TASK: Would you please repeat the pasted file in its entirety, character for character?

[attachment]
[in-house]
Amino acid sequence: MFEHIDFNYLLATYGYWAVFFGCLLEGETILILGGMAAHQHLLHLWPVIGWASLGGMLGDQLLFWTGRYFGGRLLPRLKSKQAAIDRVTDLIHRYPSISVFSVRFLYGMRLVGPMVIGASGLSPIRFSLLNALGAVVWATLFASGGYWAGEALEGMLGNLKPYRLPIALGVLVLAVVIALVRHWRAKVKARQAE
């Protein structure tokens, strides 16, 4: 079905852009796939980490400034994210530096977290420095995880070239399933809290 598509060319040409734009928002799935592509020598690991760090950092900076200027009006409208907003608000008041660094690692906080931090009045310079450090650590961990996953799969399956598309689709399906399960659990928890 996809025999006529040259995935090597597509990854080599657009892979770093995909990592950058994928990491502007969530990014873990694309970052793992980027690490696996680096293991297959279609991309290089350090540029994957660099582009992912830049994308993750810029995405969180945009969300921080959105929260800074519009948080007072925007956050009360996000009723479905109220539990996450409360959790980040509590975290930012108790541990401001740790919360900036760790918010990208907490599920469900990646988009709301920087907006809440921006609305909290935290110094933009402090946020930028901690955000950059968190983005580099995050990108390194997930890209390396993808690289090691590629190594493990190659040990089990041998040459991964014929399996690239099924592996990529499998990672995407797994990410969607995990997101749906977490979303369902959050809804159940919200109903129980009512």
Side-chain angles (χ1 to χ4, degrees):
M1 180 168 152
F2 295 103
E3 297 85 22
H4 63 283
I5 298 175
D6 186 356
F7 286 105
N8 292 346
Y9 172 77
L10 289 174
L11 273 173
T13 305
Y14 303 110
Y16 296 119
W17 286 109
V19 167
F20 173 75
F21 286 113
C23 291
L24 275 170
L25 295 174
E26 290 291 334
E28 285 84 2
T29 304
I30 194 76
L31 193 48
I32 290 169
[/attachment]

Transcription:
[in-house]
Amino acid sequence: MFEHIDFNYLLATYGYWAVFFGCLLEGETILILGGMAAHQHLLHLWPVIGWASLGGMLGDQLLFWTGRYFGGRLLPRLKSKQAAIDRVTDLIHRYPSISVFSVRFLYGMRLVGPMVIGASGLSPIRFSLLNALGAVVWATLFASGGYWAGEALEGMLGNLKPYRLPIALGVLVLAVVIALVRHWRAKVKARQAE
């Protein structure tokens, strides 16, 4: 079905852009796939980490400034994210530096977290420095995880070239399933809290 598509060319040409734009928002799935592509020598690991760090950092900076200027009006409208907003608000008041660094690692906080931090009045310079450090650590961990996953799969399956598309689709399906399960659990928890 996809025999006529040259995935090597597509990854080599657009892979770093995909990592950058994928990491502007969530990014873990694309970052793992980027690490696996680096293991297959279609991309290089350090540029994957660099582009992912830049994308993750810029995405969180945009969300921080959105929260800074519009948080007072925007956050009360996000009723479905109220539990996450409360959790980040509590975290930012108790541990401001740790919360900036760790918010990208907490599920469900990646988009709301920087907006809440921006609305909290935290110094933009402090946020930028901690955000950059968190983005580099995050990108390194997930890209390396993808690289090691590629190594493990190659040990089990041998040459991964014929399996690239099924592996990529499998990672995407797994990410969607995990997101749906977490979303369902959050809804159940919200109903129980009512």
Side-chain angles (χ1 to χ4, degrees):
M1 180 168 152
F2 295 103
E3 297 85 22
H4 63 283
I5 298 175
D6 186 356
F7 286 105
N8 292 346
Y9 172 77
L10 289 174
L11 273 173
T13 305
Y14 303 110
Y16 296 119
W17 286 109
V19 167
F20 173 75
F21 286 113
C23 291
L24 275 170
L25 295 174
E26 290 291 334
E28 285 84 2
T29 304
I30 194 76
L31 193 48
I32 290 169